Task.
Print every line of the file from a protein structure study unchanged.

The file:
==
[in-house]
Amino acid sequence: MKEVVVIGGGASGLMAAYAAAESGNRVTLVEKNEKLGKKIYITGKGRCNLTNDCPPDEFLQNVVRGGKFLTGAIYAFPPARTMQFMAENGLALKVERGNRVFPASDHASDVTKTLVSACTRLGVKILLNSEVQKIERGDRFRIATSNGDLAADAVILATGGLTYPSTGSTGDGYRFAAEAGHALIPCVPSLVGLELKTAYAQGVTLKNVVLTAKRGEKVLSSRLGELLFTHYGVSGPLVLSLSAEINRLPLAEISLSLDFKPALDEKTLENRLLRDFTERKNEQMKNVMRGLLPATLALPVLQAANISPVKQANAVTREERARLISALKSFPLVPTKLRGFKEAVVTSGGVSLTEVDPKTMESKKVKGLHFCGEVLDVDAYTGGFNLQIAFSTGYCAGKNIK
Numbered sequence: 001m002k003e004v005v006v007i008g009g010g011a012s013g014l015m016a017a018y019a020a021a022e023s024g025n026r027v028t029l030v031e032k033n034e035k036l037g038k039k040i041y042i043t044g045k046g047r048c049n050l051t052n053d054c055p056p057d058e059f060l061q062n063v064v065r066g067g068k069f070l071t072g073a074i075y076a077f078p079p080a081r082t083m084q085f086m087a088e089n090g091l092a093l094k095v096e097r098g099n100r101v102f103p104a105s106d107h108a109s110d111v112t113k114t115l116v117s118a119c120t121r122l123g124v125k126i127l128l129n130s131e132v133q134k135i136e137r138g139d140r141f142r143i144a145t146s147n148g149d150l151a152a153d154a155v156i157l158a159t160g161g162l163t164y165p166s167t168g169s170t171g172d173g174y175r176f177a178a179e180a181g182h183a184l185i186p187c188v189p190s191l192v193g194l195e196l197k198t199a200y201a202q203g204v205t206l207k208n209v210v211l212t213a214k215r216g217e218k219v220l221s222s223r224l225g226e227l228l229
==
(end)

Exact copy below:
[in-house]
Amino acid sequence: MKEVVVIGGGASGLMAAYAAAESGNRVTLVEKNEKLGKKIYITGKGRCNLTNDCPPDEFLQNVVRGGKFLTGAIYAFPPARTMQFMAENGLALKVERGNRVFPASDHASDVTKTLVSACTRLGVKILLNSEVQKIERGDRFRIATSNGDLAADAVILATGGLTYPSTGSTGDGYRFAAEAGHALIPCVPSLVGLELKTAYAQGVTLKNVVLTAKRGEKVLSSRLGELLFTHYGVSGPLVLSLSAEINRLPLAEISLSLDFKPALDEKTLENRLLRDFTERKNEQMKNVMRGLLPATLALPVLQAANISPVKQANAVTREERARLISALKSFPLVPTKLRGFKEAVVTSGGVSLTEVDPKTMESKKVKGLHFCGEVLDVDAYTGGFNLQIAFSTGYCAGKNIK
Numbered sequence: 001m002k003e004v005v006v007i008g009g010g011a012s013g014l015m016a017a018y019a020a021a022e023s024g025n026r027v028t029l030v031e032k033n034e035k036l037g038k039k040i041y042i043t044g045k046g047r048c049n050l051t052n053d054c055p056p057d058e059f060l061q062n063v064v065r066g067g068k069f070l071t072g073a074i075y076a077f078p079p080a081r082t083m084q085f086m087a088e089n090g091l092a093l094k095v096e097r098g099n100r101v102f103p104a105s106d107h108a109s110d111v112t113k114t115l116v117s118a119c120t121r122l123g124v125k126i127l128l129n130s131e132v133q134k135i136e137r138g139d140r141f142r143i144a145t146s147n148g149d150l151a152a153d154a155v156i157l158a159t160g161g162l163t164y165p166s167t168g169s170t171g172d173g174y175r176f177a178a179e180a181g182h183a184l185i186p187c188v189p190s191l192v193g194l195e196l197k198t199a200y201a202q203g204v205t206l207k208n209v210v211l212t213a214k215r216g217e218k219v220l221s222s223r224l225g226e227l228l229